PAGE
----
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Technology Spotlight: University of Delaware

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According to Eric Kmiec, a professor of biology at the University of Delaware and co-founder of UD spin-out Orphagenix, the university has been stepping up its efforts to encourage more entrepreneurship in its faculty to speed up technology commercialization efforts (see this issue’s Q&A with Kmiec for further details on Orphagenix).
 
Following are several select notable biotechnologies available for licensing from UD as provided by the University of Delaware Office of the Vice Provost for Research and Graduate Studies.
 
A full list of UD’s technologies available for licensing can be found on the UD OVPR’s website.
 
 
Technology: Monoclonal antibodies recognizing Prox 1
 
IP Status: US patent application filed
 
Inventors: Melinda Duncan, Xiaoren Chen, William Cain
 
Description: Prox 1 is a protein that appears to regulate the transcription of genes important for the development of the ocular lens, the liver, the hair cells of the ear and the lymphatic system. While polyclonal antibodies against Prox 1 have been created previously and used in numerous publications, stable, specific monoclonal antibodies against Prox 1 had not previously been reported. Prox 1 is one of the only known markers of the lymphatic system that has been proven consistently useful to tell lymphatic from blood vessels. Prox 1 is of interest to a number of research groups because of its role in the development of these systems. Further, Prox 1 monoclonal antibodies may have clinical applications since the presence of a lymphatic system in a tumor may be predictive of its metastic potential since these vessels may allow the dissemination of tumor cells from a primary lesion to distant sites.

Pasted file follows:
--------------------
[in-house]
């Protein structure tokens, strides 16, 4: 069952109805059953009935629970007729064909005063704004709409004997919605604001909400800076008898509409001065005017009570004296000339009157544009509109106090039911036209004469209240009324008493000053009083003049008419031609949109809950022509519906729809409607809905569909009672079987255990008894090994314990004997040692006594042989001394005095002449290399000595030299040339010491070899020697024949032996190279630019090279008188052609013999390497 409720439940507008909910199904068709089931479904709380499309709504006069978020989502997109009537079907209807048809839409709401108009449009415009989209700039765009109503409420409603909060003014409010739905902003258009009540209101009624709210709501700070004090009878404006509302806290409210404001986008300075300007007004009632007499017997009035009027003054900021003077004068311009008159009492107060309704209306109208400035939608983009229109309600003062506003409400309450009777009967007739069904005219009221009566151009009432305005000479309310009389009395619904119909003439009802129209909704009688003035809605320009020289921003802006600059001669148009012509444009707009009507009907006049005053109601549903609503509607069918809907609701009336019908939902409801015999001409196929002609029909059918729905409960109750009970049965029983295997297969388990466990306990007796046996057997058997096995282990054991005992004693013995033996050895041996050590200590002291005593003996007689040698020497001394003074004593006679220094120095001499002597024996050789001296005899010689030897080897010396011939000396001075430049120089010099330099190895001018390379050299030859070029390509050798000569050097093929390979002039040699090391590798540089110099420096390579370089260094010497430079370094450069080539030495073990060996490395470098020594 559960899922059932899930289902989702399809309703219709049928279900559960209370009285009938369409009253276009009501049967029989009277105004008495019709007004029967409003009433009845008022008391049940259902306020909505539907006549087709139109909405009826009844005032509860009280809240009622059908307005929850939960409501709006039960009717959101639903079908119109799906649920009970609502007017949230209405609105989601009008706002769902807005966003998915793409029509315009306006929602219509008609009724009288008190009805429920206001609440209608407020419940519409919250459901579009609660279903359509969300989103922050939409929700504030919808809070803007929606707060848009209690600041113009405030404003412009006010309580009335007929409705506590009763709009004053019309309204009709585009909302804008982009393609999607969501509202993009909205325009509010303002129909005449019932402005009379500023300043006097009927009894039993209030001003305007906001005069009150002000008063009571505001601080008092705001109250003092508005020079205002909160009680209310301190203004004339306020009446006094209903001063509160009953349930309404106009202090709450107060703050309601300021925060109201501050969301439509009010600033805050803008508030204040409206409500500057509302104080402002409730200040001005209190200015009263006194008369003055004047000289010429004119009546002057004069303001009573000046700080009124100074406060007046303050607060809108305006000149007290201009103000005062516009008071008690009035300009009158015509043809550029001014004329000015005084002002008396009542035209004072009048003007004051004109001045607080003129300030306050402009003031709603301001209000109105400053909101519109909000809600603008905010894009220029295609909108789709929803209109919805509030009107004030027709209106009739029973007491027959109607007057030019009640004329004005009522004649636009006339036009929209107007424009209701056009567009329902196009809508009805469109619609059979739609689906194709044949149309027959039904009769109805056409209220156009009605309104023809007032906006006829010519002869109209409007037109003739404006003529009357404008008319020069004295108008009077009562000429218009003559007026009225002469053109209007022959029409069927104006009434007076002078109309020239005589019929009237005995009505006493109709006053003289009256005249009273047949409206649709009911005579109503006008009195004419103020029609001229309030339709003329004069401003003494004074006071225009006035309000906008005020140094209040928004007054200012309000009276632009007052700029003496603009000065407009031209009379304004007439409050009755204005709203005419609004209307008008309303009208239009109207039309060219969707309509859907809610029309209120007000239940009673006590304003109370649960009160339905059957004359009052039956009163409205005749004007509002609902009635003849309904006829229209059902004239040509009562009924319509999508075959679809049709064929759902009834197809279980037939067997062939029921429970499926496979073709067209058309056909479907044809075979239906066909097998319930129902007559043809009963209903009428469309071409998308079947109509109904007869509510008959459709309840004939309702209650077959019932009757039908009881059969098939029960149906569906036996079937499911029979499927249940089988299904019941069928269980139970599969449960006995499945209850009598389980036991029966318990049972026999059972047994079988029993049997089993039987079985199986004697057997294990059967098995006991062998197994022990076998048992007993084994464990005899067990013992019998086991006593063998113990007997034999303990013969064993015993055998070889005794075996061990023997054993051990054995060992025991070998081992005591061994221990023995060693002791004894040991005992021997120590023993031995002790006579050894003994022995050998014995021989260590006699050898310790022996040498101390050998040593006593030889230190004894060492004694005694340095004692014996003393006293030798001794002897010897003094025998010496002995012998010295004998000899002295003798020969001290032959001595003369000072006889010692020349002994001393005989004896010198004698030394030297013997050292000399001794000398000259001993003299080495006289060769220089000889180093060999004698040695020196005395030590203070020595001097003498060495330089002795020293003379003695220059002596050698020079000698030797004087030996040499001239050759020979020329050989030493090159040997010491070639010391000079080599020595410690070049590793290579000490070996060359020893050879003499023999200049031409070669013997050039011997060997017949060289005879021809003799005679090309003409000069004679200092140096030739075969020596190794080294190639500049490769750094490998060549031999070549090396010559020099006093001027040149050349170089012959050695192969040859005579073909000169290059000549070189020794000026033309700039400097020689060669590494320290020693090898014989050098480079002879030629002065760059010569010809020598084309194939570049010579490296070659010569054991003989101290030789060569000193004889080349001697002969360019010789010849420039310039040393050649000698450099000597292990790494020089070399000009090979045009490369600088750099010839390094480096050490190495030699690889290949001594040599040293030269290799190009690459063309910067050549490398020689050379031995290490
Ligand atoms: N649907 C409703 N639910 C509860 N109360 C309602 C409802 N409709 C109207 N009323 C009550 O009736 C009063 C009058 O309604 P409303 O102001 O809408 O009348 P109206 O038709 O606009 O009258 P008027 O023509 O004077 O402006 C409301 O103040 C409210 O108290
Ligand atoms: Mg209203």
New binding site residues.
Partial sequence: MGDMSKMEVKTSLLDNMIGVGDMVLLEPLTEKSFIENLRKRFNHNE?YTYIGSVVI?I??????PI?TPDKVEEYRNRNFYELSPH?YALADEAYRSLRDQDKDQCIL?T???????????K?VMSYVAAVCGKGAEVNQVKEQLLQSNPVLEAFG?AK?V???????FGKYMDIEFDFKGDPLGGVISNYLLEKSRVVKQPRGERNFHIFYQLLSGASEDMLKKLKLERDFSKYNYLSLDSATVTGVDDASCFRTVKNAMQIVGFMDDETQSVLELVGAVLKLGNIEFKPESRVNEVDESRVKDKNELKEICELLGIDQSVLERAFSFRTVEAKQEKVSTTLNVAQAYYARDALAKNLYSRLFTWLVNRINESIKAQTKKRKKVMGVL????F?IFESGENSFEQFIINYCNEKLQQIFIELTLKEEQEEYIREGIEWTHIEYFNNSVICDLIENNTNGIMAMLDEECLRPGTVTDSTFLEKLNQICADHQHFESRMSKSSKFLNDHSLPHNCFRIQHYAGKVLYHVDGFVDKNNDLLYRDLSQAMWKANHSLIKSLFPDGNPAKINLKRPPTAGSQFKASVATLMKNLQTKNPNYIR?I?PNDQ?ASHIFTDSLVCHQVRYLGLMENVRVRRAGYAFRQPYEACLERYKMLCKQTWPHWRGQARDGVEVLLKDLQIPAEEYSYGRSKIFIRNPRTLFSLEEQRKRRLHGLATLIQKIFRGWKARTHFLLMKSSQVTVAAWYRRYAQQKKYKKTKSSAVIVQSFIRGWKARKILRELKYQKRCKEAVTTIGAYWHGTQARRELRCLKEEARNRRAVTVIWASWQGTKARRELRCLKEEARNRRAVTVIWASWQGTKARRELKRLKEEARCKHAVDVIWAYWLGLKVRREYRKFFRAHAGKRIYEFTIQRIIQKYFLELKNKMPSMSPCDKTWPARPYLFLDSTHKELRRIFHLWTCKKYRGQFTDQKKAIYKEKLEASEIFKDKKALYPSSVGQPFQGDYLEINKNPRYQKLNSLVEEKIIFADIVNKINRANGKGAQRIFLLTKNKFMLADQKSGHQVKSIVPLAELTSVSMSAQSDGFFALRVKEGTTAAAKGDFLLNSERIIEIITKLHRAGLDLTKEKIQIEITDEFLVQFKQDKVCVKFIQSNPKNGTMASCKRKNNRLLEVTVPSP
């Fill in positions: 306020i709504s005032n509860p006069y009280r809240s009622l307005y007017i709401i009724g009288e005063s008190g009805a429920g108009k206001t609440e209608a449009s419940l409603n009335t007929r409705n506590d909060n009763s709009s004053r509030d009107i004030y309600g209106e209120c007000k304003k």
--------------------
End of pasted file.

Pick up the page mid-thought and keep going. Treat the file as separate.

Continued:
Technology: Pan-antagonists for the androgen receptor and androgen receptor mutants associated with anti-androgen withdrawal
 
IP Status: US patent application filed
Inventors: JohnTze-Trun Koh and Paula McGinley
 
Description: This technology is based on the development of PLM1 and related derivatives that are antagonists of the human androgen receptor and androgen receptor mutations associated with clinical failure of currently prescribed anti-androgens. PLM1 and its derivatives were uniquely designed to target AR mutations that are known to impart resistance to known anti-androgens used in cancer chemotherapy. As such, these analogs are believed to have the potential to delay the occurrence of anti-androgen withdrawal syndrome and to serve as a second line of defense in anti-androgen therapy when mutations to the androgen receptor give rise to anti-androgen withdrawal.
 

 
Technology: untitled
 
IP Status: US patent application filed
 
Inventors: Joel Scheider and Darrin Pochan